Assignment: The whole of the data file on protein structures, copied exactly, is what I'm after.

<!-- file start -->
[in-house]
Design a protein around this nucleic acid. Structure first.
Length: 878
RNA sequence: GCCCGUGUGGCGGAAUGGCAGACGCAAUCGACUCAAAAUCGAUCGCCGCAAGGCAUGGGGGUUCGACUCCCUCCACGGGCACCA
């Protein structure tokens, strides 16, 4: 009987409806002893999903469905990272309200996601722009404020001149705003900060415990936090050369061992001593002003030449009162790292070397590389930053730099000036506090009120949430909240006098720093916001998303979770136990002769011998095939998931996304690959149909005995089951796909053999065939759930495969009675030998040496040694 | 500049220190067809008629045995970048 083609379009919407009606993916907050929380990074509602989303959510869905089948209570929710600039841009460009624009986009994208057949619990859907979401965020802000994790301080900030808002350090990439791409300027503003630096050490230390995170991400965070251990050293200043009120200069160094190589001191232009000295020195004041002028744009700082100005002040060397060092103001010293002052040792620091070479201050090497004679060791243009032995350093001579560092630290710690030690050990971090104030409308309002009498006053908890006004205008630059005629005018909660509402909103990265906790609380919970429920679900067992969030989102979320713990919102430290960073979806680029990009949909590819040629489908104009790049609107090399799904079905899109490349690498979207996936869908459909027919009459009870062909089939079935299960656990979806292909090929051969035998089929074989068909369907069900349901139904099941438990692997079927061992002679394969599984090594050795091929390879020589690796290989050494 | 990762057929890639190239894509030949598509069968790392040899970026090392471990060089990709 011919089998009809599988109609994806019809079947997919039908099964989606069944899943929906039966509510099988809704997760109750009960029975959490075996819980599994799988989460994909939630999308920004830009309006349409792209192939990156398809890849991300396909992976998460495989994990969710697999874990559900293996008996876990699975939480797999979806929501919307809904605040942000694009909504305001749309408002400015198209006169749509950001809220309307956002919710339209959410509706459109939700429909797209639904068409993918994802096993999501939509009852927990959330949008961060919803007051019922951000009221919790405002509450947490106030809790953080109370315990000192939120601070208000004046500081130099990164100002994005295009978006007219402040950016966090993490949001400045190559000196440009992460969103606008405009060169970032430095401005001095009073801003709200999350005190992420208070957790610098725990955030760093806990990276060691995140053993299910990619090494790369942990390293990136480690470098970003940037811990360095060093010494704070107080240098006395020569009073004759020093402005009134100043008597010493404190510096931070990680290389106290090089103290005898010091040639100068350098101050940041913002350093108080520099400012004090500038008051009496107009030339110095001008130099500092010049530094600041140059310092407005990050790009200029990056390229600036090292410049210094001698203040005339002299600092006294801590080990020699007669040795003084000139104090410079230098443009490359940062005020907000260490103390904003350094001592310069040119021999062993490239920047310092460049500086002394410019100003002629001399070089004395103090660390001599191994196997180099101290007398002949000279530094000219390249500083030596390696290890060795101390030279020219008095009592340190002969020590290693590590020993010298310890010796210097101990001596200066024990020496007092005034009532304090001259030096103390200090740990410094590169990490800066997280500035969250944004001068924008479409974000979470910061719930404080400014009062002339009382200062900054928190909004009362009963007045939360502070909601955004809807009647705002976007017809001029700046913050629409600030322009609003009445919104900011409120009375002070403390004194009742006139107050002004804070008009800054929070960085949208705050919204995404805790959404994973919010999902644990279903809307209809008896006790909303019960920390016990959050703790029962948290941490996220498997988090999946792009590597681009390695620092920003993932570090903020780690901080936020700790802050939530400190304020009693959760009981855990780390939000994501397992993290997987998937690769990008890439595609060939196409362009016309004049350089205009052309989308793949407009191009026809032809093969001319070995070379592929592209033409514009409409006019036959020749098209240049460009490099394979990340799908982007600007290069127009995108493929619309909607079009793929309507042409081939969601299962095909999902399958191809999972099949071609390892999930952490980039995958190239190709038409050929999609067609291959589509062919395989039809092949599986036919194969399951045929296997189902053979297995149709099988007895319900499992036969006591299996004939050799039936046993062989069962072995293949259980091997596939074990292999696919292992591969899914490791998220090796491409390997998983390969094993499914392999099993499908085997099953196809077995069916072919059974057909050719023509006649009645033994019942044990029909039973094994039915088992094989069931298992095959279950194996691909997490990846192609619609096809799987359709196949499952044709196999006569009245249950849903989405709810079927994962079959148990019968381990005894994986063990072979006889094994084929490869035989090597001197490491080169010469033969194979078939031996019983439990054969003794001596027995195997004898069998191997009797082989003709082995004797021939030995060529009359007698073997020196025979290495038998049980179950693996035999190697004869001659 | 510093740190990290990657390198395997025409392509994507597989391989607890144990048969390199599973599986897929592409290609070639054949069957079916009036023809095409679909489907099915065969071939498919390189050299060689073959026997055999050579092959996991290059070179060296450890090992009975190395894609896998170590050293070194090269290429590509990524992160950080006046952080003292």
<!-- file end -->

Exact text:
[in-house]
Design a protein around this nucleic acid. Structure first.
Length: 878
RNA sequence: GCCCGUGUGGCGGAAUGGCAGACGCAAUCGACUCAAAAUCGAUCGCCGCAAGGCAUGGGGGUUCGACUCCCUCCACGGGCACCA
């Protein structure tokens, strides 16, 4: 009987409806002893999903469905990272309200996601722009404020001149705003900060415990936090050369061992001593002003030449009162790292070397590389930053730099000036506090009120949430909240006098720093916001998303979770136990002769011998095939998931996304690959149909005995089951796909053999065939759930495969009675030998040496040694 | 500049220190067809008629045995970048 083609379009919407009606993916907050929380990074509602989303959510869905089948209570929710600039841009460009624009986009994208057949619990859907979401965020802000994790301080900030808002350090990439791409300027503003630096050490230390995170991400965070251990050293200043009120200069160094190589001191232009000295020195004041002028744009700082100005002040060397060092103001010293002052040792620091070479201050090497004679060791243009032995350093001579560092630290710690030690050990971090104030409308309002009498006053908890006004205008630059005629005018909660509402909103990265906790609380919970429920679900067992969030989102979320713990919102430290960073979806680029990009949909590819040629489908104009790049609107090399799904079905899109490349690498979207996936869908459909027919009459009870062909089939079935299960656990979806292909090929051969035998089929074989068909369907069900349901139904099941438990692997079927061992002679394969599984090594050795091929390879020589690796290989050494 | 990762057929890639190239894509030949598509069968790392040899970026090392471990060089990709 011919089998009809599988109609994806019809079947997919039908099964989606069944899943929906039966509510099988809704997760109750009960029975959490075996819980599994799988989460994909939630999308920004830009309006349409792209192939990156398809890849991300396909992976998460495989994990969710697999874990559900293996008996876990699975939480797999979806929501919307809904605040942000694009909504305001749309408002400015198209006169749509950001809220309307956002919710339209959410509706459109939700429909797209639904068409993918994802096993999501939509009852927990959330949008961060919803007051019922951000009221919790405002509450947490106030809790953080109370315990000192939120601070208000004046500081130099990164100002994005295009978006007219402040950016966090993490949001400045190559000196440009992460969103606008405009060169970032430095401005001095009073801003709200999350005190992420208070957790610098725990955030760093806990990276060691995140053993299910990619090494790369942990390293990136480690470098970003940037811990360095060093010494704070107080240098006395020569009073004759020093402005009134100043008597010493404190510096931070990680290389106290090089103290005898010091040639100068350098101050940041913002350093108080520099400012004090500038008051009496107009030339110095001008130099500092010049530094600041140059310092407005990050790009200029990056390229600036090292410049210094001698203040005339002299600092006294801590080990020699007669040795003084000139104090410079230098443009490359940062005020907000260490103390904003350094001592310069040119021999062993490239920047310092460049500086002394410019100003002629001399070089004395103090660390001599191994196997180099101290007398002949000279530094000219390249500083030596390696290890060795101390030279020219008095009592340190002969020590290693590590020993010298310890010796210097101990001596200066024990020496007092005034009532304090001259030096103390200090740990410094590169990490800066997280500035969250944004001068924008479409974000979470910061719930404080400014009062002339009382200062900054928190909004009362009963007045939360502070909601955004809807009647705002976007017809001029700046913050629409600030322009609003009445919104900011409120009375002070403390004194009742006139107050002004804070008009800054929070960085949208705050919204995404805790959404994973919010999902644990279903809307209809008896006790909303019960920390016990959050703790029962948290941490996220498997988090999946792009590597681009390695620092920003993932570090903020780690901080936020700790802050939530400190304020009693959760009981855990780390939000994501397992993290997987998937690769990008890439595609060939196409362009016309004049350089205009052309989308793949407009191009026809032809093969001319070995070379592929592209033409514009409409006019036959020749098209240049460009490099394979990340799908982007600007290069127009995108493929619309909607079009793929309507042409081939969601299962095909999902399958191809999972099949071609390892999930952490980039995958190239190709038409050929999609067609291959589509062919395989039809092949599986036919194969399951045929296997189902053979297995149709099988007895319900499992036969006591299996004939050799039936046993062989069962072995293949259980091997596939074990292999696919292992591969899914490791998220090796491409390997998983390969094993499914392999099993499908085997099953196809077995069916072919059974057909050719023509006649009645033994019942044990029909039973094994039915088992094989069931298992095959279950194996691909997490990846192609619609096809799987359709196949499952044709196999006569009245249950849903989405709810079927994962079959148990019968381990005894994986063990072979006889094994084929490869035989090597001197490491080169010469033969194979078939031996019983439990054969003794001596027995195997004898069998191997009797082989003709082995004797021939030995060529009359007698073997020196025979290495038998049980179950693996035999190697004869001659 | 510093740190990290990657390198395997025409392509994507597989391989607890144990048969390199599973599986897929592409290609070639054949069957079916009036023809095409679909489907099915065969071939498919390189050299060689073959026997055999050579092959996991290059070179060296450890090992009975190395894609896998170590050293070194090269290429590509990524992160950080006046952080003292």